In the third part of our series on Mobility as a Service (MaaS) in Europe, we turn our attention towards Madrid, Amsterdam and Vienna. Like elsewhere, with growing populations each city has its own challenges such as congestion, improving air quality and providing a better travel experience for its citizens.

As they work towards creating smart cities with multi-modal, connected transport and shared services, it will require open data, an integrated single system and a reasonable pricing structure, alongside a greater focus on greener solutions to meet environmental targets.

Here, we look at the MaaS efforts of each of these three cities to see what they’ve learned, trialled and adopted in terms of urban mobility.

Missed the first parts of our series? Catch up here and here.

Madrid: slowly shaping its MaaS agenda

With 3.3 million inhabitants, Madrid is the third largest city in Europe after London and Berlin. Driving can be a struggle with heavy traffic, roadworks and city centre parking both limited and expensive. But a different approach to transportation is slowly getting underway.

Madrid City Council’s Air Quality and Climate Change Plan was the catalyst behind the shared mobility app, MaaS Madrid. Launched by The Municipal Transport Company (EMT) of Madrid it combines public transport data and other transport service providers into a single app in a bid to drive both shared mobility and public transport use.

Indeed, sharing appears to be catching on with nearly 1,000 new customers registering daily to use emov. Drive one of its 500 “free-floating” electric Citroën C-Zéro car-sharing vehicles and when you’re finished, simply leave it in a convenient place in Madrid.

Whilst the city has clearly made a start, it still has some way to go compared to other European cities. That said, efforts are at least being made.

Amsterdam: greener, more sustainable mobility

Sustainable urban mobility is vital to keep this thriving, heavily populated city moving yet environmentally sound. By 2025, Amsterdam wants its public transport to be 100% powered by renewable energy.

This impressive target is being helped by its citizens. Around 32% of people travel by bike with 63% of them using this mode of transport daily. Electric car ownership has increased and so too has car sharing by a whopping 376%.

In fact, after a successful ridesharing pilot in the city’s Zuidas business district, a report, Citizens in Motion, said people would favour MaaS over their own private vehicle where ridesharing services were readily available and at a good price. The report also highlighted MaaS as being a possible enabler for connected and autonomous vehicles (CAV) with data underpinning the perfect ‘transport mix’.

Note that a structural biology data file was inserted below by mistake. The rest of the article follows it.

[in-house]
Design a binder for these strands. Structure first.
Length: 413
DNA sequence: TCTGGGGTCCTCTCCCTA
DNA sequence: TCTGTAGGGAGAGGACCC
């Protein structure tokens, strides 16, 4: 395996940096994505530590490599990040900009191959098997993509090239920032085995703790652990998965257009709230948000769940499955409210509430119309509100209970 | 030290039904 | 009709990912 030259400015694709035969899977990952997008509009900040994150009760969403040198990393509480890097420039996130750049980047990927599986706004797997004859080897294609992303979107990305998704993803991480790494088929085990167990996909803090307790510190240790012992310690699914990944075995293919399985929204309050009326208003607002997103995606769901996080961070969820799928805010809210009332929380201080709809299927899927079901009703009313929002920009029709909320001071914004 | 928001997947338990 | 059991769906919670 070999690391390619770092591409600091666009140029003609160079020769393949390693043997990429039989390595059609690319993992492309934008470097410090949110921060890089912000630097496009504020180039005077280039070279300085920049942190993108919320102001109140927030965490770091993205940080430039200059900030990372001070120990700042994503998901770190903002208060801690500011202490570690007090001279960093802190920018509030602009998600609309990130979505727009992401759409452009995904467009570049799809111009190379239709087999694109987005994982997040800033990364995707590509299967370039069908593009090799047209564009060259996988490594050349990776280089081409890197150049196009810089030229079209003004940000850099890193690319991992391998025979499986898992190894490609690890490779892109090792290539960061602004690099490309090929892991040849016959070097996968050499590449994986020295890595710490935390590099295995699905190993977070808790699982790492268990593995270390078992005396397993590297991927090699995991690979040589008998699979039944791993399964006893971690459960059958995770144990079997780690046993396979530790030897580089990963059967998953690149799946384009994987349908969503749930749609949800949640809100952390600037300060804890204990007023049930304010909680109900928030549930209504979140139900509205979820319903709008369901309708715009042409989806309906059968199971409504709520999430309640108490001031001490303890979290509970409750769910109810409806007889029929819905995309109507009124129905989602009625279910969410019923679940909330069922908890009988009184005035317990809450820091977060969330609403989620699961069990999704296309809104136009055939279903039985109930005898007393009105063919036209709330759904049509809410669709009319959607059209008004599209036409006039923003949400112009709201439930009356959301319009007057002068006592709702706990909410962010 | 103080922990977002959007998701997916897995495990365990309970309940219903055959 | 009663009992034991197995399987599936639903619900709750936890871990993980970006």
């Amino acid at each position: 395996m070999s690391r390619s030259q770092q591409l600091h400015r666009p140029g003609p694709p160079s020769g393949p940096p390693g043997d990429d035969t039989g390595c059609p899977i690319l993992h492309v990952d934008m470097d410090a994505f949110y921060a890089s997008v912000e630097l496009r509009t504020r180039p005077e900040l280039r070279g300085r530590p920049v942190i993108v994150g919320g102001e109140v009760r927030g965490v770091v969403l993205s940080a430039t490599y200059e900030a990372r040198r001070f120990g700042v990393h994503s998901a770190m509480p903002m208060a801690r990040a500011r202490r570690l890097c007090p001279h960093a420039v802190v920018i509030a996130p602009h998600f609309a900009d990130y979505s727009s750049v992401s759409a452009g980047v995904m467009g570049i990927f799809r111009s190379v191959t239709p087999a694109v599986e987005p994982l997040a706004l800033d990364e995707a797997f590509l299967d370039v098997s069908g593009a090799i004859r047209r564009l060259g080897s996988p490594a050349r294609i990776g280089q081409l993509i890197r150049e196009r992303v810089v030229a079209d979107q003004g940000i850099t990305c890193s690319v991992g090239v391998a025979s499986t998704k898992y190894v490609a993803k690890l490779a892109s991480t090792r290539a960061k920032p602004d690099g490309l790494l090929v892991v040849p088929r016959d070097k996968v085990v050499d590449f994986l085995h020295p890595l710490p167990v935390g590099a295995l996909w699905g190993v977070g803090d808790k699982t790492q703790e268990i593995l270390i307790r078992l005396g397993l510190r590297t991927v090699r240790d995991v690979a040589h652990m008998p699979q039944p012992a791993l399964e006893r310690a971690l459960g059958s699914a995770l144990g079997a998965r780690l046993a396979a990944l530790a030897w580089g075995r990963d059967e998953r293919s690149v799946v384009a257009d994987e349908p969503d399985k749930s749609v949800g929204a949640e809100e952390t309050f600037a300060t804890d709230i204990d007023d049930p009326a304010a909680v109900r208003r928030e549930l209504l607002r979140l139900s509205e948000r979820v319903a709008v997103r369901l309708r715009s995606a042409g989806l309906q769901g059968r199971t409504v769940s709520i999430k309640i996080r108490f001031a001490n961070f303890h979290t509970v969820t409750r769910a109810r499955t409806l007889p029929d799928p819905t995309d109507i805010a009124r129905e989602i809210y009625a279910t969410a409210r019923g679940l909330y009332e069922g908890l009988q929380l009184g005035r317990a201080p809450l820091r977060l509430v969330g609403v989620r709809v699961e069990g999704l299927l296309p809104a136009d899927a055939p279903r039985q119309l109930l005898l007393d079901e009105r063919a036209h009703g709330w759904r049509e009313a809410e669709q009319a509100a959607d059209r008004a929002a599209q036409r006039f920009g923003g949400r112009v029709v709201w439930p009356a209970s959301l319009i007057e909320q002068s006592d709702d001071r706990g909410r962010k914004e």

According to one Amsterdam citizen, “Without human drivers, driverless vehicles are potentially a lot cheaper to operate, for example as a last mile solution. If that means more convenience for the same price, I’m sold.” You don’t get any better vote of confidence than that.

Vienna: prepared and ready for MaaS

Alongside Amsterdam, Vienna has been tipped as one of the top cities ready to deploy MaaS according to a study by research group Juniper. It claims more than 2.3 billion private car journeys in cities will be replaced with multi-modal, on-demand transport services by 2023 – and they’ll save each MaaS transport user up to 90 hours per year.

Vienna clearly has its sights on being at the forefront of this. With the success of the WienMobil app, citizens now have access to door-to-door transport via bus, tram and metro – including e-loading stations, parking garages, taxis, bike or car sharing, and car rentals. As well as real-time data on journeys, personalised plans, booking, and payment, it also provides details on energy and financial savings based on transport choice.

The winner of the European Mobility Week award in 2017, Vienna is certainly looking towards encouraging greener MaaS transport and has introduced e-taxis as an important step to becoming a smarter, cleaner place to travel.

MaaS and greener transport

Multi-modal transport throughout Europe with its ability to make city travel easier – and greener – is beginning to take shape. MaaS and environmentally friendly travel options will increasingly go hand-in-hand. Of course, it’s not without its challenges; there’s still a lot of work to do.

At SkedGo, our MaaS API and white label solutions mean that transport service providers can implement proven MaaS technology and platforms. And as we constantly review mobility trends throughout Europe – and the world – we’ll embed these learnings to help cities revolutionise citizen travel.

 

Image courtesy of Pexels.
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